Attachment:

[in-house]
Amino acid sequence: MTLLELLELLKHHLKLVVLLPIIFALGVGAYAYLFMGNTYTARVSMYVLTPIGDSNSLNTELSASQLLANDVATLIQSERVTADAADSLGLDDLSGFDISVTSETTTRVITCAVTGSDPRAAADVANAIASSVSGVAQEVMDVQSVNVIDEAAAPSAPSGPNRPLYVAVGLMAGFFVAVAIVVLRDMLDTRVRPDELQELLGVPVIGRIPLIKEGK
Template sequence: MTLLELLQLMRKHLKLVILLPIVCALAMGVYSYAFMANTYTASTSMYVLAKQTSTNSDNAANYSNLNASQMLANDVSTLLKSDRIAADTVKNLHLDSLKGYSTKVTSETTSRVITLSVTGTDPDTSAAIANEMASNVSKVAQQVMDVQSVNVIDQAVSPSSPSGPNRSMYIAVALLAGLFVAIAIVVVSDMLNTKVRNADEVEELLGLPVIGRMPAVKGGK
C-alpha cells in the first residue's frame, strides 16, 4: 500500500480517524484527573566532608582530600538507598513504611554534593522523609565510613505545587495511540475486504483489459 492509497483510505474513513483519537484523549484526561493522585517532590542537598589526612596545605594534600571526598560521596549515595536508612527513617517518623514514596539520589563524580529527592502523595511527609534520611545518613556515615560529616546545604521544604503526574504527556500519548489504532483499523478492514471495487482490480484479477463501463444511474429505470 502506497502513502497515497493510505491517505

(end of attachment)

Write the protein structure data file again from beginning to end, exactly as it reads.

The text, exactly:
[in-house]
Amino acid sequence: MTLLELLELLKHHLKLVVLLPIIFALGVGAYAYLFMGNTYTARVSMYVLTPIGDSNSLNTELSASQLLANDVATLIQSERVTADAADSLGLDDLSGFDISVTSETTTRVITCAVTGSDPRAAADVANAIASSVSGVAQEVMDVQSVNVIDEAAAPSAPSGPNRPLYVAVGLMAGFFVAVAIVVLRDMLDTRVRPDELQELLGVPVIGRIPLIKEGK
Template sequence: MTLLELLQLMRKHLKLVILLPIVCALAMGVYSYAFMANTYTASTSMYVLAKQTSTNSDNAANYSNLNASQMLANDVSTLLKSDRIAADTVKNLHLDSLKGYSTKVTSETTSRVITLSVTGTDPDTSAAIANEMASNVSKVAQQVMDVQSVNVIDQAVSPSSPSGPNRSMYIAVALLAGLFVAIAIVVVSDMLNTKVRNADEVEELLGLPVIGRMPAVKGGK
C-alpha cells in the first residue's frame, strides 16, 4: 500500500480517524484527573566532608582530600538507598513504611554534593522523609565510613505545587495511540475486504483489459 492509497483510505474513513483519537484523549484526561493522585517532590542537598589526612596545605594534600571526598560521596549515595536508612527513617517518623514514596539520589563524580529527592502523595511527609534520611545518613556515615560529616546545604521544604503526574504527556500519548489504532483499523478492514471495487482490480484479477463501463444511474429505470 502506497502513502497515497493510505491517505